The Washington Post

2 GOP delegates ousted in Va. primary

Two 20-year veterans of Virginia’s House of Delegates lost their seats Tuesday, falling to GOP primary challengers who assailed their support for a tax-heavy transportation funding overhaul.

Del. Joe T. May (Loudoun) and Del. Beverly J. Sherwood (Frederick) lost to political newcomers who railed against the transportation plan, which imposes a $1.2-billion-a-year tax increase.

But two other incumbent Republicans who had supported the legislation this year — House Speaker William J. Howell (Stafford) and Del. Robert D. “Bobby” Orrock Sr. (Caroline) — handily beat back challengers.

Gov. Robert F. McDonnell, eager to fill the state’s nearly drained transportation coffers, championed the legislation even as his original bill became laden with taxes. Republicans who supported the law cautioned against reading too much into May and Sherwood’s losses.

Del. John A. Cosgrove (R-Chesapeake), who voted for the transportation bill and is running for the Senate seat being vacated by the retiring Sen. Harry B. Blevins (R-Chesapeake), faced two opponents critical of that vote in a “firehouse primary” in May. He easily defeated both.

Del. Joe T. May (Loudoun)

Five Republicans faced primary challenges, four of them by anti-tax activists angry about the incumbents’ support for the transportation plan. No sitting Republican delegate had faced a primary challenge since 2005, when activists went after some of those who supported a $1.5-billion-a-year tax hike pushed by then-Gov. Mark Warner (D).

McDonnell challenged the General Assembly this year to solve a problem that had vexed his predecessors for nearly a generation: finding a sustainable way to pay for roads, highways and rail. Virginia has one of the nation’s largest and most congested road systems and was on track to run out of new construction funds by 2017. McDonnell proposed an $845-million-a-year plan that he billed as “revenue neutral” because it relied heavily on redirecting existing state revenue. The General Assembly essentially gutted his bill, turning it into a $1.4-billion-a-year plan that called for $1.2 billion in new revenue.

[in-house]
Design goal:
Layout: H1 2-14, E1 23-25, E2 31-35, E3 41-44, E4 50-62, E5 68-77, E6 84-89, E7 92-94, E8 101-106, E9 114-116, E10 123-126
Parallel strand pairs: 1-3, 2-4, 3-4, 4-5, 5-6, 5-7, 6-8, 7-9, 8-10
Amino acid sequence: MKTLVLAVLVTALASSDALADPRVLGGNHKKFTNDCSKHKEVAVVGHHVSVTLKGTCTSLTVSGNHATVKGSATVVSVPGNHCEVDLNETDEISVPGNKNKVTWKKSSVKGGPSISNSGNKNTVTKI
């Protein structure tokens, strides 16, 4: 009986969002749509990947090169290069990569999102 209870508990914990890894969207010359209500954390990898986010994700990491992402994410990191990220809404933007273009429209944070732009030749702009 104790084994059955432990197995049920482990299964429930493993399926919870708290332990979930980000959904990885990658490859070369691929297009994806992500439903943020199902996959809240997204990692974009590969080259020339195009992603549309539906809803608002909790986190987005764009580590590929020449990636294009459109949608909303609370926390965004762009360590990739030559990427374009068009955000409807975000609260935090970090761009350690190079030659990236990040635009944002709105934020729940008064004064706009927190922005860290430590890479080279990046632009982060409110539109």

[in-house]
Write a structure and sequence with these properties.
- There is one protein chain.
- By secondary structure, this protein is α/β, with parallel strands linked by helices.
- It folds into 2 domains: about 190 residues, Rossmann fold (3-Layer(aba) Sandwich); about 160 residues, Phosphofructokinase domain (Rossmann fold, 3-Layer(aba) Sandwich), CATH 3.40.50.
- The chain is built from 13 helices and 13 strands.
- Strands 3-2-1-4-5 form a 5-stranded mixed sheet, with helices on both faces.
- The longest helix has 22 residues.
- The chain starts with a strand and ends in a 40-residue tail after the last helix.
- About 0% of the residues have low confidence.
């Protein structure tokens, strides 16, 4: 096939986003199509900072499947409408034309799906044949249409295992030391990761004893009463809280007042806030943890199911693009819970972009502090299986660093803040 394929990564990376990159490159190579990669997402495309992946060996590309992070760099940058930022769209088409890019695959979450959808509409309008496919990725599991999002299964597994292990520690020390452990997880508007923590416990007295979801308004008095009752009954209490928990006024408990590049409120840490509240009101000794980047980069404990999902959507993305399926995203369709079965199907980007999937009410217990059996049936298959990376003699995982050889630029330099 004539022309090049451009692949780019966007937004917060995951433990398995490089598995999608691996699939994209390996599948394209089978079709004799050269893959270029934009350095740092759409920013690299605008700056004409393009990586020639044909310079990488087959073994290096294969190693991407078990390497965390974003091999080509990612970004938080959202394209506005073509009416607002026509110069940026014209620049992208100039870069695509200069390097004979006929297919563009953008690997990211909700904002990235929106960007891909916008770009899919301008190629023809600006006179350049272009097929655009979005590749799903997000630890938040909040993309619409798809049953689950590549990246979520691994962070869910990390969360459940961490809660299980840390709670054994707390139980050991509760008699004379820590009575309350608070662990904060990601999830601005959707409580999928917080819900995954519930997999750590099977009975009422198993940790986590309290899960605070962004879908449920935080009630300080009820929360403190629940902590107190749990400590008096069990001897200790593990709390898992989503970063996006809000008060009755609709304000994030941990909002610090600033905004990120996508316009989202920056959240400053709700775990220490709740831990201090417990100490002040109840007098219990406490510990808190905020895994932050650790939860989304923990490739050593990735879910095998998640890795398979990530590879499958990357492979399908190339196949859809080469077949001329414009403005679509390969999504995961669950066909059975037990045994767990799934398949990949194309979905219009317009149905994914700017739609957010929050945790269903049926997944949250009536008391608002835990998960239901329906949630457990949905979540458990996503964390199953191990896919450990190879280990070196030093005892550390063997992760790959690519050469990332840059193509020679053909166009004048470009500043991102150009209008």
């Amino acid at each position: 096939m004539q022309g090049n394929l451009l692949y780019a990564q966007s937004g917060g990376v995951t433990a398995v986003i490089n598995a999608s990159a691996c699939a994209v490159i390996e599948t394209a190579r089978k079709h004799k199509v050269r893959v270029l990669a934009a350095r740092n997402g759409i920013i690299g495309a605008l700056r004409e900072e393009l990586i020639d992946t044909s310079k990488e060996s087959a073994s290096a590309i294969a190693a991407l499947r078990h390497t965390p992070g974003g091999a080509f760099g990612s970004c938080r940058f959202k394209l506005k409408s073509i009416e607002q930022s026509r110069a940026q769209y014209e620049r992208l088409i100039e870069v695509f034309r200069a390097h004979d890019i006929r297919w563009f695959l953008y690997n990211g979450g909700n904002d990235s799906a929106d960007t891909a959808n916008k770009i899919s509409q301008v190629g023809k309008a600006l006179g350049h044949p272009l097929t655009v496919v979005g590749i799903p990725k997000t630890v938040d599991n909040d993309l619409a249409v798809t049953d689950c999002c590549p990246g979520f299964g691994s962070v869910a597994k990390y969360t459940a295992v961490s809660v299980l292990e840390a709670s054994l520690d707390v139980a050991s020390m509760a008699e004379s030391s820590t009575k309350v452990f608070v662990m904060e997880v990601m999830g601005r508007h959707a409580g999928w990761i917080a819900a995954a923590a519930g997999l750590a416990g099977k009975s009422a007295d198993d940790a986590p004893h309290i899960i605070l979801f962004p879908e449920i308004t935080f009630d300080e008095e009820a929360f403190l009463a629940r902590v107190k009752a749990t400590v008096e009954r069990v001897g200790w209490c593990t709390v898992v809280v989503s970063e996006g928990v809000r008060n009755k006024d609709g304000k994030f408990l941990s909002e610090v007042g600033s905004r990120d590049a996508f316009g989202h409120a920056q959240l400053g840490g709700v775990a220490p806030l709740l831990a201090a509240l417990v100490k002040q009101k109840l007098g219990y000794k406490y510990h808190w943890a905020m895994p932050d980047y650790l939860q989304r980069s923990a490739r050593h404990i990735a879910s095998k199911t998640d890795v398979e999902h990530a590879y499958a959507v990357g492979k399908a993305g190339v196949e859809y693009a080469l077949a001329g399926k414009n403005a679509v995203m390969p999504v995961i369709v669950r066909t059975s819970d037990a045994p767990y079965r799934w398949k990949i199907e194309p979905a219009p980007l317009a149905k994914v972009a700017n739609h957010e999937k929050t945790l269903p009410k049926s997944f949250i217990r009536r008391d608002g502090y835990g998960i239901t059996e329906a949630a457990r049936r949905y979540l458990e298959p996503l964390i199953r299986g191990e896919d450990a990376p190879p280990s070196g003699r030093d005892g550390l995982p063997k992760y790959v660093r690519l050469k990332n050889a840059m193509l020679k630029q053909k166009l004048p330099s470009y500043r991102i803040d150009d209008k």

But McDonnell, eager to claim a big accomplishment in his last year in office, was willing to take the deal — one that anti-tax activist Grover Norquist blasted. Only half of the GOP caucus signed on, despite heavy lobbying from McDonnell, Howell and Lt. Gov. Bill Bolling (R) .

Of the 34 House Republicans who supported the final bill, four drew primary challenges. They were among the most senior delegates in Richmond.

Howell, a delegate since 1987, easily defeated Craig Ennis. And Orrock, a member since 1990 and vice chair of the Finance Committee, beat Dustin Curtis.

But Sherwood, first elected in 1994, chairwoman of the Agriculture, Chesapeake and Natural Resource Committee, was beaten by Mark J. Berg. May, a delegate since 1994 and Transportation Committee chairman, was defeated by Dave LaRock.

Del. C. Todd Gilbert (R-Shenandoah), who is deputy majority leader and opposed the transportation deal, handily beat tea party activist Mark Prince. Prince ran on a platform of reducing state and local government debt.

Candidate guide to the 2013 Virginia primary election

Two Democratic incumbents defeated challengers. Del. Rosalyn R. Dance (Petersburg), who this year flirted with supporting a controversial Senate GOP redistricting plan, was challenged by Evandra D. Thompson. Dance was elected in 2005 and sits on the Appropriations Committee. Del. Algie T. Howell Jr. (Norfolk), a delegate since 2004 and also an Appropriations Committee member, faced police officer Rick James.

In 2005, challengers defeated one sitting delegate, Gary Reese of Fairfax, who on different occasions voted for and against Warner’s tax increase.

Laura Vozzella covers Virginia politics for The Washington Post.



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